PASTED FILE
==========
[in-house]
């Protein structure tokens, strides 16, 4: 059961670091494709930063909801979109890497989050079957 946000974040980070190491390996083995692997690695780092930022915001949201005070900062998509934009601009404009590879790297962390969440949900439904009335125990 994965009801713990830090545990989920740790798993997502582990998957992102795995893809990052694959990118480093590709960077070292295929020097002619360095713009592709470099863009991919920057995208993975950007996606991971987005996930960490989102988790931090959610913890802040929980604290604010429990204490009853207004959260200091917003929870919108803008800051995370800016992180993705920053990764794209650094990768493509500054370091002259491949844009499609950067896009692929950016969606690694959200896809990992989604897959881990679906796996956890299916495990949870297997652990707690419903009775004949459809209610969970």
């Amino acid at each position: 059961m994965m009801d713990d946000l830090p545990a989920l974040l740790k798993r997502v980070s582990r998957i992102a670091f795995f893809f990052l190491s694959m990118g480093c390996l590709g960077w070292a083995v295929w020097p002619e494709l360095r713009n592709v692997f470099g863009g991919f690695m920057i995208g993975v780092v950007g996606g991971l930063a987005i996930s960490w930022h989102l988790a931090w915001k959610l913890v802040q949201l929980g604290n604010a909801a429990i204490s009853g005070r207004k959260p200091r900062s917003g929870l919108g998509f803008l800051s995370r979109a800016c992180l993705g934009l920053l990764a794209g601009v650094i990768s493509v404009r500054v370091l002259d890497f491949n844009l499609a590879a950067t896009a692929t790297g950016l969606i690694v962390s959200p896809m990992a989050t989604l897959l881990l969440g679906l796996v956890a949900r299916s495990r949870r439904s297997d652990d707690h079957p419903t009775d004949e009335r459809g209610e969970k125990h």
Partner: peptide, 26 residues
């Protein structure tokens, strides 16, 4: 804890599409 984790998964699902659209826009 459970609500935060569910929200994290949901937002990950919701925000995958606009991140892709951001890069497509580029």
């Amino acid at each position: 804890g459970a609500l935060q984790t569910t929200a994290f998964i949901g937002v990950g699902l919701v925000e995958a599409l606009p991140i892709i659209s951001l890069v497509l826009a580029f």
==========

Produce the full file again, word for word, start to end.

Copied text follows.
[in-house]
């Protein structure tokens, strides 16, 4: 059961670091494709930063909801979109890497989050079957 946000974040980070190491390996083995692997690695780092930022915001949201005070900062998509934009601009404009590879790297962390969440949900439904009335125990 994965009801713990830090545990989920740790798993997502582990998957992102795995893809990052694959990118480093590709960077070292295929020097002619360095713009592709470099863009991919920057995208993975950007996606991971987005996930960490989102988790931090959610913890802040929980604290604010429990204490009853207004959260200091917003929870919108803008800051995370800016992180993705920053990764794209650094990768493509500054370091002259491949844009499609950067896009692929950016969606690694959200896809990992989604897959881990679906796996956890299916495990949870297997652990707690419903009775004949459809209610969970």
């Amino acid at each position: 059961m994965m009801d713990d946000l830090p545990a989920l974040l740790k798993r997502v980070s582990r998957i992102a670091f795995f893809f990052l190491s694959m990118g480093c390996l590709g960077w070292a083995v295929w020097p002619e494709l360095r713009n592709v692997f470099g863009g991919f690695m920057i995208g993975v780092v950007g996606g991971l930063a987005i996930s960490w930022h989102l988790a931090w915001k959610l913890v802040q949201l929980g604290n604010a909801a429990i204490s009853g005070r207004k959260p200091r900062s917003g929870l919108g998509f803008l800051s995370r979109a800016c992180l993705g934009l920053l990764a794209g601009v650094i990768s493509v404009r500054v370091l002259d890497f491949n844009l499609a590879a950067t896009a692929t790297g950016l969606i690694v962390s959200p896809m990992a989050t989604l897959l881990l969440g679906l796996v956890a949900r299916s495990r949870r439904s297997d652990d707690h079957p419903t009775d004949e009335r459809g209610e969970k125990h």
Partner: peptide, 26 residues
């Protein structure tokens, strides 16, 4: 804890599409 984790998964699902659209826009 459970609500935060569910929200994290949901937002990950919701925000995958606009991140892709951001890069497509580029």
């Amino acid at each position: 804890g459970a609500l935060q984790t569910t929200a994290f998964i949901g937002v990950g699902l919701v925000e995958a599409l606009p991140i892709i659209s951001l890069v497509l826009a580029f």